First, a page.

Ridge: Priorities include data sharing, cybersecurity

The Homeland Security Department's priorities for the following year will include expanded information sharing, greater infrastructure protection, improvements in cross-jurisdictional communication and the deployment of "new technologies and new tools," Homeland Security Secretary Tom Ridge said Wednesday.

Ridge told a meeting of the Homeland Security Advisory Council that developing advanced communications systems to enable personnel in different agencies to talk "will make this department a 21st-century department." He also emphasized the importance of integrating border- and port-security programs, and promoting management innovations.

Ridge said he wants the Homeland Security to finalize a list of the nation's critical infrastructure this year. He also said the department will work to loosen visa restrictions on non-immigrant foreigners, particularly for business and student applicants.

Acknowledging that business transactions have been compromised and business lost because of travel restrictions imposed after the Sept. 11, 2001, terrorist attacks, Ridge said the department will see what changes can be made to ease restrictions. "We adjusted our polices after 9/11," he said. "Now, we'll see if we need to adjust the adjustment."

Ridge also spoke on Wednesday at Equity International's Homeland and Global Security Summit in Washington where he said the government "can do much to broaden" innovation for homeland security efforts, but "much of the work" will happen at universities, national laboratories and companies.

Those entities will help "push the scientific envelope," he said.

On President Bush's fiscal 2005 budget proposal for homeland security, Ridge said the funding "absolutely" would provide adequate dollars for its priorities and expressed confidence that Congress would "honor" the funding levels for homeland security. Bush proposed a 9.6 percent increase for security efforts in his proposal unveiled early February.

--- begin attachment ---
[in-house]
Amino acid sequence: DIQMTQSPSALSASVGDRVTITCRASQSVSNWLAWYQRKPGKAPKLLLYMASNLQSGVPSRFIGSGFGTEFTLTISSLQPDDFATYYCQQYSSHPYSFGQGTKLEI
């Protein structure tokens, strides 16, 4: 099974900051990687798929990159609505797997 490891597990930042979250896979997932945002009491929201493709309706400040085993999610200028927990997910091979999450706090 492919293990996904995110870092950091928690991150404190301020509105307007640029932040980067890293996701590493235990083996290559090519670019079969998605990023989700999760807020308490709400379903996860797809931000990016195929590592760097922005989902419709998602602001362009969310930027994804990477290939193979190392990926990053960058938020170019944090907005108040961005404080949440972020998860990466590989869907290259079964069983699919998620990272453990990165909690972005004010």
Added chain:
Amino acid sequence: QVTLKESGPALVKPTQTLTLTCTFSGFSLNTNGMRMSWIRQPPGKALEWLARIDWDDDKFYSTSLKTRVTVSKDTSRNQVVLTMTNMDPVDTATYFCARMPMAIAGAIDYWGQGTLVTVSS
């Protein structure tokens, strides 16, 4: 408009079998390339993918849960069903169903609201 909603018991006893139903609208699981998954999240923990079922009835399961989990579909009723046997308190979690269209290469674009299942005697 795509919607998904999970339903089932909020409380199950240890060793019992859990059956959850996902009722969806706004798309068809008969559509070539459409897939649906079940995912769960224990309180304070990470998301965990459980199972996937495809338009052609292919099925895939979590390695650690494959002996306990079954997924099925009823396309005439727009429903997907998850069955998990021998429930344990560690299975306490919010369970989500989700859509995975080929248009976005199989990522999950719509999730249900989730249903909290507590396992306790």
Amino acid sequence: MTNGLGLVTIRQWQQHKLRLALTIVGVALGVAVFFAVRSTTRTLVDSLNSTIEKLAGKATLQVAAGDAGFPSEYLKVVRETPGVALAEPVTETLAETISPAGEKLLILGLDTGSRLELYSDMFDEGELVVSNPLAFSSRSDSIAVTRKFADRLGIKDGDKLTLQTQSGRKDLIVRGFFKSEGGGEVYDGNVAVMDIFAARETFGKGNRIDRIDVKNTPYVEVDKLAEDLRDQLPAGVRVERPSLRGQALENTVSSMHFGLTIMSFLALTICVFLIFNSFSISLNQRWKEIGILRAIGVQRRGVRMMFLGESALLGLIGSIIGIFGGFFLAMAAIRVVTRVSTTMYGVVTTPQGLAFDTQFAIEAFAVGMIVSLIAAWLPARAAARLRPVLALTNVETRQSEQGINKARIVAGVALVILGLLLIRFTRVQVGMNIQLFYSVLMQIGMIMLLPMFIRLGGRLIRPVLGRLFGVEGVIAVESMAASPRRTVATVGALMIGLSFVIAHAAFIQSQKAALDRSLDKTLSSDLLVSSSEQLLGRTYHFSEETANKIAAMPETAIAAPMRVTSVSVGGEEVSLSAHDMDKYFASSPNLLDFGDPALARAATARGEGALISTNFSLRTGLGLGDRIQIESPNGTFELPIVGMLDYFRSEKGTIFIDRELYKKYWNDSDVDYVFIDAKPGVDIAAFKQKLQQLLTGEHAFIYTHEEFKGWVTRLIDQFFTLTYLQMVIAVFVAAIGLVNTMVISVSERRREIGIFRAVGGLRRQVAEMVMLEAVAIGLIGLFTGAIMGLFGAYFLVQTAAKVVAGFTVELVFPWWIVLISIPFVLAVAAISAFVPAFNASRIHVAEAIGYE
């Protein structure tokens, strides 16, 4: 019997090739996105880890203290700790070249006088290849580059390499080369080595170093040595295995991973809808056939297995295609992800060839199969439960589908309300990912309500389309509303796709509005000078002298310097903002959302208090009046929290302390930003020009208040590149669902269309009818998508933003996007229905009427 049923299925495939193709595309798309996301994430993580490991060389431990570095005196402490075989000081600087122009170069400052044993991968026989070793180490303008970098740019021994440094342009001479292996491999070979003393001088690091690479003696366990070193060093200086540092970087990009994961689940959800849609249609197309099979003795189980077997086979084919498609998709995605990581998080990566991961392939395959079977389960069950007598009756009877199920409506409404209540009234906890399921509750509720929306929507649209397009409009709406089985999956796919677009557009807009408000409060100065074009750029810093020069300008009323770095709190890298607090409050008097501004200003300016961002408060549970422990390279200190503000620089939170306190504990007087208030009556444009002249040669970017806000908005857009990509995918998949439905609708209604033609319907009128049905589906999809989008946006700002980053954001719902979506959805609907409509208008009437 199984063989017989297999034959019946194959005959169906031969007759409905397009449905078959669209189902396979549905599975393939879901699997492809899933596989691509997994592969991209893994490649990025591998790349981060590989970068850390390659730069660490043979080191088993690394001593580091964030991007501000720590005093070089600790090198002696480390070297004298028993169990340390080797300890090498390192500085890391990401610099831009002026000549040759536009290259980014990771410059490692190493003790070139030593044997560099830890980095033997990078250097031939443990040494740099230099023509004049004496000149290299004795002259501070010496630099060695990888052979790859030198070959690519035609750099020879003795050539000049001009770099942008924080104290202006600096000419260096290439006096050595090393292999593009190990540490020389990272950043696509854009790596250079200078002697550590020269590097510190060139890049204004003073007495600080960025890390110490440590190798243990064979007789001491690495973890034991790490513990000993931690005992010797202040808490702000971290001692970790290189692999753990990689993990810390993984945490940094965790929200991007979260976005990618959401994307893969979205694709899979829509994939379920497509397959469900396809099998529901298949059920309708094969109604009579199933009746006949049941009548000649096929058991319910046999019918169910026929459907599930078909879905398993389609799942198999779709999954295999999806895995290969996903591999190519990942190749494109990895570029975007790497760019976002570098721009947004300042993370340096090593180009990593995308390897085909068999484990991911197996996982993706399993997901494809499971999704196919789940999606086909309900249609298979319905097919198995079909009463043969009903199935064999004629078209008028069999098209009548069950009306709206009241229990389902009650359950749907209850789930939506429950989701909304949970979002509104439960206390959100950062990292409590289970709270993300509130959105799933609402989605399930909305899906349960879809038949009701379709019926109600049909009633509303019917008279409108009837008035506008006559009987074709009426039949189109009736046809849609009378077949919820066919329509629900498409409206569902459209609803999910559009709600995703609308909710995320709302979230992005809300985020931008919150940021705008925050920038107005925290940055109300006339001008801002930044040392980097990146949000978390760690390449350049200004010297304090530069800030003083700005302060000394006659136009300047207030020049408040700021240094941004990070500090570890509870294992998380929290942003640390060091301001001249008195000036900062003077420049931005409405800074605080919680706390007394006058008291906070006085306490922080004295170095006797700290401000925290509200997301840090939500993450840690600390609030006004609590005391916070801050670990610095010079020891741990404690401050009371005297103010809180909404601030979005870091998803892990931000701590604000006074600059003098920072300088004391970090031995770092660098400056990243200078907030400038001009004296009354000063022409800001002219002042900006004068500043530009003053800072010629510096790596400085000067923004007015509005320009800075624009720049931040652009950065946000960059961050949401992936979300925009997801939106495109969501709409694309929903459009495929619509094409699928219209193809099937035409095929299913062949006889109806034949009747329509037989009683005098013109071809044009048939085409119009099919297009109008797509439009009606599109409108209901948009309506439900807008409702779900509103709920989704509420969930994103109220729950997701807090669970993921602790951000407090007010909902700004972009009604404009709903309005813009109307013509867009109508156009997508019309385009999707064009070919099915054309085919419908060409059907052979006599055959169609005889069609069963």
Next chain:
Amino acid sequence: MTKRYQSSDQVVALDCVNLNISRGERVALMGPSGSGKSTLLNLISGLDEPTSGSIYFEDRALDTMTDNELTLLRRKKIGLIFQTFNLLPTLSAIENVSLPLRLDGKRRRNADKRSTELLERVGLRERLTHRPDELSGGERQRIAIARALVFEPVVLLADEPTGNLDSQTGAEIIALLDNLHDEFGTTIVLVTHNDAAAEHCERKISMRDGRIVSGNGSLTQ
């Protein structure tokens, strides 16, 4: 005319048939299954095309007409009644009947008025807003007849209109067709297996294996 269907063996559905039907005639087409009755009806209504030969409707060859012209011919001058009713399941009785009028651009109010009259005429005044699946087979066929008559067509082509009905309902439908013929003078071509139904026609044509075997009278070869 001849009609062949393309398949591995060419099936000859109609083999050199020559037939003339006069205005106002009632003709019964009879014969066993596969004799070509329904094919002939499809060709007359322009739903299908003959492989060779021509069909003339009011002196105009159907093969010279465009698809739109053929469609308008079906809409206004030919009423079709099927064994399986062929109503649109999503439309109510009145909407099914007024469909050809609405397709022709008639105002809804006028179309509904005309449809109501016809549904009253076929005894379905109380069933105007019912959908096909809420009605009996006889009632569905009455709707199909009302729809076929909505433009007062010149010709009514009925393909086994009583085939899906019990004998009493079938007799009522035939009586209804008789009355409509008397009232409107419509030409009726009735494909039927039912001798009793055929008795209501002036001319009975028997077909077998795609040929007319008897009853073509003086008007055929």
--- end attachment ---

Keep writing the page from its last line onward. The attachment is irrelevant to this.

Homeland Security Deputy Secretary James Loy said the department is moving quickly to integrate and consolidate the redundant human resources, acquisition and procurement systems of the 22 agencies merged to create the department. "Nineteen payroll systems have become seven, and they're on the way to becoming one," he said.

Loy added that he has met with federal employee unions to discuss what "tweaks" can be made to the civil-service system to make it more effective. "We have an opportunity to set in place the right way to do business," he said.

The council also discussed plans for a centralized, online glossary of Homeland Security terms and acronyms, noting that several acronyms have different meanings in different departments.

Meanwhile, Massachusetts Gov. Mitt Romney, chairman of a task force on "first responders" to emergencies, said he will recommend ways to speed the movement of security aid from the federal government to the states and local first responders.

Romney said bureaucratic issues at the local level and other snafus, not problems at Homeland Security, are keeping funds from reaching first responders.

"We are prepared to write the checks," Ridge said, "but we have local procurement problems, and we want to break through the logjams."

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